Today will be a day writen of in history books as the Supreme Court affirmed the right for same-sex marriage.
Writing for the majority, Justice Kennedy wrote….
No union is more profound than marriage, for it embodies the highest ideals of love, fidelity, devotion, sacrifice, and family. In forming a marital union, two people become something greater than once they were….. It would misunderstand these men and women to say they disrespect the idea of marriage. Their plea is that they do respect it, respect it so deeply that they seek to find its fulfillment for themselves. Their hope is not to be condemned to live in loneliness, excluded from one of civilization’s oldest institutions. They ask for equal dignity in the eyes of the law. The Constitution grants them that right.
How will this decision be received? By some it will be regarded as yet another sign of a land increasingly untethered from any moral bearings. For others it will be a cause to celebrate.
Many religious, driven by fear over others reactions, will understandably not speak to it one way or another.
But yet I think it prudent to speak.
Marriage is sacred. And marriage between one man and one woman has long been held, very understandbly, as a core compact upon which healthy society rests. New Church theology clearly and beautifully holds to that.
And we live in changing times. The reasoning behind this decision deserves our open attention because it is a reasoning based on thoughtfulness and compassion.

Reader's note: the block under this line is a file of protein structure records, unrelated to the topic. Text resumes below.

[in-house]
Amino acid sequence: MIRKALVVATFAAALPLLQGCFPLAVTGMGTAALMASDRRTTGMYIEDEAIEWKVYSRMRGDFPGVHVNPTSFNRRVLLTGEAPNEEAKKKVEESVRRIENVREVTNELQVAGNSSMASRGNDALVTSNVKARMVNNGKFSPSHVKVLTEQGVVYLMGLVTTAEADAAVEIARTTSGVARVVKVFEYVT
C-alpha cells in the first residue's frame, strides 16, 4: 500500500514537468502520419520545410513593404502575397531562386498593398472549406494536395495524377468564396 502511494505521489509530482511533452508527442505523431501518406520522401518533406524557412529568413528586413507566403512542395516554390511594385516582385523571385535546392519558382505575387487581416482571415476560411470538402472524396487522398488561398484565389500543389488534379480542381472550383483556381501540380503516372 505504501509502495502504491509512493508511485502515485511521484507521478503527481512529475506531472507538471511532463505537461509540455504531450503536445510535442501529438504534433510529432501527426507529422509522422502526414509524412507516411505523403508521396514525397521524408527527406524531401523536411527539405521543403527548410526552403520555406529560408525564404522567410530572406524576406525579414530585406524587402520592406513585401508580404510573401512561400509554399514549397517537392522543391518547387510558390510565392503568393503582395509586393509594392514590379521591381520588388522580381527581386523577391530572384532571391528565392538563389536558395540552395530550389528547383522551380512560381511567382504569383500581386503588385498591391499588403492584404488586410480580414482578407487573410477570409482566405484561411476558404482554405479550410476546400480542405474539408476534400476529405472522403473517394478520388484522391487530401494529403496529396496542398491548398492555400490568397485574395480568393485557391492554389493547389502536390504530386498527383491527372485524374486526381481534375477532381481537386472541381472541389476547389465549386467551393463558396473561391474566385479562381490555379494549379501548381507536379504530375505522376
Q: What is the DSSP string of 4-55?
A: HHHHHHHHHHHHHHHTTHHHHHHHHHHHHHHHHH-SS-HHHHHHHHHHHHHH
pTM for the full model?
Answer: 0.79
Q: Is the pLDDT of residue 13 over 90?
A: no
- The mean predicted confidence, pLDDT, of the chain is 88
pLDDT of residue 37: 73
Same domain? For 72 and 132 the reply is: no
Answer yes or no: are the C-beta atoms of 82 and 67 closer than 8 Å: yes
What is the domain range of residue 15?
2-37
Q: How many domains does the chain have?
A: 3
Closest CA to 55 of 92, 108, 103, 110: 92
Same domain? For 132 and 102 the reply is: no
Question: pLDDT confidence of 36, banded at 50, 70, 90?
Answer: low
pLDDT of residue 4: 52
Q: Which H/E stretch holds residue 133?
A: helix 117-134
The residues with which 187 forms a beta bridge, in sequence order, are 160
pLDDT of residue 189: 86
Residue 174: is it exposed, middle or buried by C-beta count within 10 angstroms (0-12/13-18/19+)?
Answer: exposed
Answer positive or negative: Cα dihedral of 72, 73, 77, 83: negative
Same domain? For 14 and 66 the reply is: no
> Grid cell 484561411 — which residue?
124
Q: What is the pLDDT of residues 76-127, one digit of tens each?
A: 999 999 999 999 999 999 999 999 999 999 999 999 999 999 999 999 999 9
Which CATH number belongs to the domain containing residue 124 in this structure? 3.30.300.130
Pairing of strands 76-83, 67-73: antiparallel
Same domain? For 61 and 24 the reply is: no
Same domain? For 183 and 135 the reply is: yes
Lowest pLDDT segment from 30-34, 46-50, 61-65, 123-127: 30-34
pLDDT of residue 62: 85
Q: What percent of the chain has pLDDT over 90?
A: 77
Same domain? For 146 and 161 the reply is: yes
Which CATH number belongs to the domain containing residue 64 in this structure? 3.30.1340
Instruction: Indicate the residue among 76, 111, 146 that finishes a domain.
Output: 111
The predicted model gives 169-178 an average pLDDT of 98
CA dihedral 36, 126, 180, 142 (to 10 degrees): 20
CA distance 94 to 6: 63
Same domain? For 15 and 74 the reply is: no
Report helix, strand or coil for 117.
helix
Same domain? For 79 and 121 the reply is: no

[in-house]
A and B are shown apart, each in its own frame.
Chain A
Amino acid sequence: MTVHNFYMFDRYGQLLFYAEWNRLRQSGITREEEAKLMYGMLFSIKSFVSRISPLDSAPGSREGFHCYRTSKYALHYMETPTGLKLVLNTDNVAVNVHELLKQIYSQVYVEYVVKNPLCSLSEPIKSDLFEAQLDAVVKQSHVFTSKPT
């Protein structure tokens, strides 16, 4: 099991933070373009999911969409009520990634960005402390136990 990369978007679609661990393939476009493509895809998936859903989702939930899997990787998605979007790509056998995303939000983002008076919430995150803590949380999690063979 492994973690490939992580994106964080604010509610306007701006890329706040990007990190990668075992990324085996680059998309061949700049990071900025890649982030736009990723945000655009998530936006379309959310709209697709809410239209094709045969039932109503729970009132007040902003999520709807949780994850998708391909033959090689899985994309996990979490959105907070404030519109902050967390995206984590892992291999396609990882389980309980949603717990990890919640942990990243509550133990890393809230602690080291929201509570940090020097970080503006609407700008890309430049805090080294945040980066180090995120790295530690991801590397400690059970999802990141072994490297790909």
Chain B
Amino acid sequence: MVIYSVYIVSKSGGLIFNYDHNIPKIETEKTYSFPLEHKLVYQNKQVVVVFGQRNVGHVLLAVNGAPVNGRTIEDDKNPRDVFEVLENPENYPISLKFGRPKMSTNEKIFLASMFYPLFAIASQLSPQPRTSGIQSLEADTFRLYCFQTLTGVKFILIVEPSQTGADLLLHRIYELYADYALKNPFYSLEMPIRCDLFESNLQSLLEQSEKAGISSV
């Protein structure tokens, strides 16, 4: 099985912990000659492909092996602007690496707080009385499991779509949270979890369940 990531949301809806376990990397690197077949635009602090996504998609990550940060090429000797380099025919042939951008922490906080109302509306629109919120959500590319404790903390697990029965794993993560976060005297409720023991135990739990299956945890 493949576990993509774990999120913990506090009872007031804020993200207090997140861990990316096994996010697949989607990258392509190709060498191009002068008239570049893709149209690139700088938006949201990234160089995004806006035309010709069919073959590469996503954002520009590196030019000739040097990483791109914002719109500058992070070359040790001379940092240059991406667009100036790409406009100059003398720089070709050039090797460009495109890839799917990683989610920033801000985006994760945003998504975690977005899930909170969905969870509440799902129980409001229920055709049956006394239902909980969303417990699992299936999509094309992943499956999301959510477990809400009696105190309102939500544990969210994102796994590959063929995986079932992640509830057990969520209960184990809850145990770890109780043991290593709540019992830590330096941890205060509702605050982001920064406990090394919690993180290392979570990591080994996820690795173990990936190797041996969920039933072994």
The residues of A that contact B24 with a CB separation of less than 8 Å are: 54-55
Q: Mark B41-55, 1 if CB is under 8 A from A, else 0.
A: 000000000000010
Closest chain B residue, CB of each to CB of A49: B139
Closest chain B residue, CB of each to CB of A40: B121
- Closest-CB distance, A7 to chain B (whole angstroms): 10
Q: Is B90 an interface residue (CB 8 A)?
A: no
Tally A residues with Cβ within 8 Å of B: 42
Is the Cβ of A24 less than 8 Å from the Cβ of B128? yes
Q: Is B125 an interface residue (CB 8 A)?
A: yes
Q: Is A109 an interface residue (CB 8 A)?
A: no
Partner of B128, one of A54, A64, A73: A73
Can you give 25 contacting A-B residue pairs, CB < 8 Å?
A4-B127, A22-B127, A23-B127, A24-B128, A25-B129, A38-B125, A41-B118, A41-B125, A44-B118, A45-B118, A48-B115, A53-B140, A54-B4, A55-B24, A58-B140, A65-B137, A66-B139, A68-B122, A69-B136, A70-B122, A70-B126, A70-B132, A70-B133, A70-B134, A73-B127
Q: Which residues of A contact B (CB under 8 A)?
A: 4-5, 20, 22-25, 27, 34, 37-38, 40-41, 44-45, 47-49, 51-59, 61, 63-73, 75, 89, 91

So maybe what we are called to is balance, a balance that see both, sees the clear Biblical teachings that hold that marriage is between one man and one woman. And clear canonical teachings as well that thought and truth, centered on love, evolve. They unfold.
… whenever a doctrinal teaching rises out of a life of thoughtfulness it is the kind of teaching that belongs to faith. …. Anyone who lives a life of love for others knows everything there is to know about faith. Secrets of Heaven 1798
My hope is that denominations then that seek to hold to what they see as sacred truth and in so doing do not perform single-sex weddings can hold to that truth as they see it. And my hope is that denominations that seek to live into a more expansive view of marriage and family can do that as well.
There actually is room for both perspectives. Room for considered, kind dialog between the camps. This IS the law of the land now. The legality is settled. And to allow it to become one more issue over which divisiveness reigns would be unfortunate in a time that so badly calls for a considered sense of God’s life and love, a life and love that we all share.